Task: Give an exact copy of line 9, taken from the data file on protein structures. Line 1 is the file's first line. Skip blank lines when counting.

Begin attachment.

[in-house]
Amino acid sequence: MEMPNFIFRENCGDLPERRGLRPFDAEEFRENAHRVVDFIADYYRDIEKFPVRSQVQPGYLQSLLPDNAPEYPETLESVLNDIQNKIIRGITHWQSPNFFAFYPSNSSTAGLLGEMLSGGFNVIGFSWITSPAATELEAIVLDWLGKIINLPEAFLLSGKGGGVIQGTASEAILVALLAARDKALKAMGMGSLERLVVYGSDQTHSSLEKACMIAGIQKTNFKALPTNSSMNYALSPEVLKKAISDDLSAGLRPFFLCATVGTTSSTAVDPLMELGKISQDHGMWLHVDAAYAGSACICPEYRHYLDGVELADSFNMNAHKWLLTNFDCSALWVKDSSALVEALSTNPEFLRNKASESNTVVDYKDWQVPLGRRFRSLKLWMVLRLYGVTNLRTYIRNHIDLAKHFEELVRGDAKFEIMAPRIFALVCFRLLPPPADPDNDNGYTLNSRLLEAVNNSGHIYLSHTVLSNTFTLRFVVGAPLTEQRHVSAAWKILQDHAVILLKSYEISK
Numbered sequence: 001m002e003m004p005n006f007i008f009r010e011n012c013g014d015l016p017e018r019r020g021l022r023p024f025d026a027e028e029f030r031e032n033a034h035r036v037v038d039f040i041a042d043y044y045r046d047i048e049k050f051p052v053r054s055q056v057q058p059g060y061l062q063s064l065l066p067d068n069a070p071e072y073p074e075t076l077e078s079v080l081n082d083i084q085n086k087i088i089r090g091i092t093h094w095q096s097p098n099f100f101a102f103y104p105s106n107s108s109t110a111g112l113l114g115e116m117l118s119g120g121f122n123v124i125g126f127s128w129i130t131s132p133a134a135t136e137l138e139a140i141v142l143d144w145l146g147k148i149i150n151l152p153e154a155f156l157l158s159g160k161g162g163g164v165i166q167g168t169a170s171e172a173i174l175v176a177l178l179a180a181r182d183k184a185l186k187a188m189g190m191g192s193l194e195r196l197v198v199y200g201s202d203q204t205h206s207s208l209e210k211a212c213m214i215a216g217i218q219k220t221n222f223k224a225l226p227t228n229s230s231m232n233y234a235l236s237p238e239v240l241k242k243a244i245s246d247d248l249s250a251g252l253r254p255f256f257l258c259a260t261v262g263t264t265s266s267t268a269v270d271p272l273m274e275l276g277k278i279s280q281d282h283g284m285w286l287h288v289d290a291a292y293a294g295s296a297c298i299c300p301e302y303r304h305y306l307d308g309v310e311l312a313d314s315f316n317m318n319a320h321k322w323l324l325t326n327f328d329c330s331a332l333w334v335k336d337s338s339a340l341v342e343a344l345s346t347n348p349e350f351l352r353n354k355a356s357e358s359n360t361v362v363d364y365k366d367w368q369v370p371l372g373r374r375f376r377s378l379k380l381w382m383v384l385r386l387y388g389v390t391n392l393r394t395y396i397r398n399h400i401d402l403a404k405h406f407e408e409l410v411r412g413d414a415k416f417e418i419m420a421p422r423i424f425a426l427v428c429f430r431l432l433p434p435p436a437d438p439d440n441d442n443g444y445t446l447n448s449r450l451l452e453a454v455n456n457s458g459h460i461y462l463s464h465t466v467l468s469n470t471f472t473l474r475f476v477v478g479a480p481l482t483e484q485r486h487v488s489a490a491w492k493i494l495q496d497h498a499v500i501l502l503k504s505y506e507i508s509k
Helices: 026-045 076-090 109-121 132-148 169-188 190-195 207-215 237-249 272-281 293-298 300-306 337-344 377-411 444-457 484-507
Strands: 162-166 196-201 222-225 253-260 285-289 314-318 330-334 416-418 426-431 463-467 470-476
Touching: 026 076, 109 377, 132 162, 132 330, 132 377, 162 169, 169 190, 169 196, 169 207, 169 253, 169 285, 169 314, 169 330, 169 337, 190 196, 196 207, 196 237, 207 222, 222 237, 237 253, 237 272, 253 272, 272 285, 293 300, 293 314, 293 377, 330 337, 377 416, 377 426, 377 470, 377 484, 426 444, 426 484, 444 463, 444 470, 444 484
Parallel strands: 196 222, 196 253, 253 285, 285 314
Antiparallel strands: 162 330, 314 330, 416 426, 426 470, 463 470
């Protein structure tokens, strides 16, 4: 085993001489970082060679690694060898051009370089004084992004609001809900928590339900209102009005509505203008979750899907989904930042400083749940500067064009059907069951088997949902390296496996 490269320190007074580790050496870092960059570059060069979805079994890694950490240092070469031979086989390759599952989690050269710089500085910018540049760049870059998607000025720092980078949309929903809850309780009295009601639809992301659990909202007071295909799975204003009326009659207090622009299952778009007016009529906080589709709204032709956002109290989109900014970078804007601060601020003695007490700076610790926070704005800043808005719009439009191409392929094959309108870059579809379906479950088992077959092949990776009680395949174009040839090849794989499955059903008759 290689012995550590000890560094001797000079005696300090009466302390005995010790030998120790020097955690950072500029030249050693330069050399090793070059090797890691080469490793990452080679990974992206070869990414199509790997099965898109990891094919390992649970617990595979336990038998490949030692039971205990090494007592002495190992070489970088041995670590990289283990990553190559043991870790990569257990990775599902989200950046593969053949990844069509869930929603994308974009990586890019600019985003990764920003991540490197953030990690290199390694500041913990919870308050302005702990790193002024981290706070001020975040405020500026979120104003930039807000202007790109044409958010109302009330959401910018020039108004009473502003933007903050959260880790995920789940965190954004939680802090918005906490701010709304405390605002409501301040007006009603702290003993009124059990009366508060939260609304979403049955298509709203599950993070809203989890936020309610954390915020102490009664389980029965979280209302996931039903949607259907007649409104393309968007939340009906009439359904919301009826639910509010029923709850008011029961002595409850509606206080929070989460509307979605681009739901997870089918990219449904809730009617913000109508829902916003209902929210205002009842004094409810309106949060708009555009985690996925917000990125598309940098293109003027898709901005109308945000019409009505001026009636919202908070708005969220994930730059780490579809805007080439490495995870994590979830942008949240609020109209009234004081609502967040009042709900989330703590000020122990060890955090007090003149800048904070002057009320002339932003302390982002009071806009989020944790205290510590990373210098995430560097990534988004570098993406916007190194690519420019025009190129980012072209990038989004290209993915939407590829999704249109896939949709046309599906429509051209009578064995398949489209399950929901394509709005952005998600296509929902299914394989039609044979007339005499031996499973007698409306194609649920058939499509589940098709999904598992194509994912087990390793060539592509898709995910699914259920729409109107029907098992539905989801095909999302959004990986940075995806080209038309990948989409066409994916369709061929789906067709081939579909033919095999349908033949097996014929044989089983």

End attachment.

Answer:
């Protein structure tokens, strides 16, 4: 085993001489970082060679690694060898051009370089004084992004609001809900928590339900209102009005509505203008979750899907989904930042400083749940500067064009059907069951088997949902390296496996 490269320190007074580790050496870092960059570059060069979805079994890694950490240092070469031979086989390759599952989690050269710089500085910018540049760049870059998607000025720092980078949309929903809850309780009295009601639809992301659990909202007071295909799975204003009326009659207090622009299952778009007016009529906080589709709204032709956002109290989109900014970078804007601060601020003695007490700076610790926070704005800043808005719009439009191409392929094959309108870059579809379906479950088992077959092949990776009680395949174009040839090849794989499955059903008759 290689012995550590000890560094001797000079005696300090009466302390005995010790030998120790020097955690950072500029030249050693330069050399090793070059090797890691080469490793990452080679990974992206070869990414199509790997099965898109990891094919390992649970617990595979336990038998490949030692039971205990090494007592002495190992070489970088041995670590990289283990990553190559043991870790990569257990990775599902989200950046593969053949990844069509869930929603994308974009990586890019600019985003990764920003991540490197953030990690290199390694500041913990919870308050302005702990790193002024981290706070001020975040405020500026979120104003930039807000202007790109044409958010109302009330959401910018020039108004009473502003933007903050959260880790995920789940965190954004939680802090918005906490701010709304405390605002409501301040007006009603702290003993009124059990009366508060939260609304979403049955298509709203599950993070809203989890936020309610954390915020102490009664389980029965979280209302996931039903949607259907007649409104393309968007939340009906009439359904919301009826639910509010029923709850008011029961002595409850509606206080929070989460509307979605681009739901997870089918990219449904809730009617913000109508829902916003209902929210205002009842004094409810309106949060708009555009985690996925917000990125598309940098293109003027898709901005109308945000019409009505001026009636919202908070708005969220994930730059780490579809805007080439490495995870994590979830942008949240609020109209009234004081609502967040009042709900989330703590000020122990060890955090007090003149800048904070002057009320002339932003302390982002009071806009989020944790205290510590990373210098995430560097990534988004570098993406916007190194690519420019025009190129980012072209990038989004290209993915939407590829999704249109896939949709046309599906429509051209009578064995398949489209399950929901394509709005952005998600296509929902299914394989039609044979007339005499031996499973007698409306194609649920058939499509589940098709999904598992194509994912087990390793060539592509898709995910699914259920729409109107029907098992539905989801095909999302959004990986940075995806080209038309990948989409066409994916369709061929789906067709081939579909033919095999349908033949097996014929044989089983």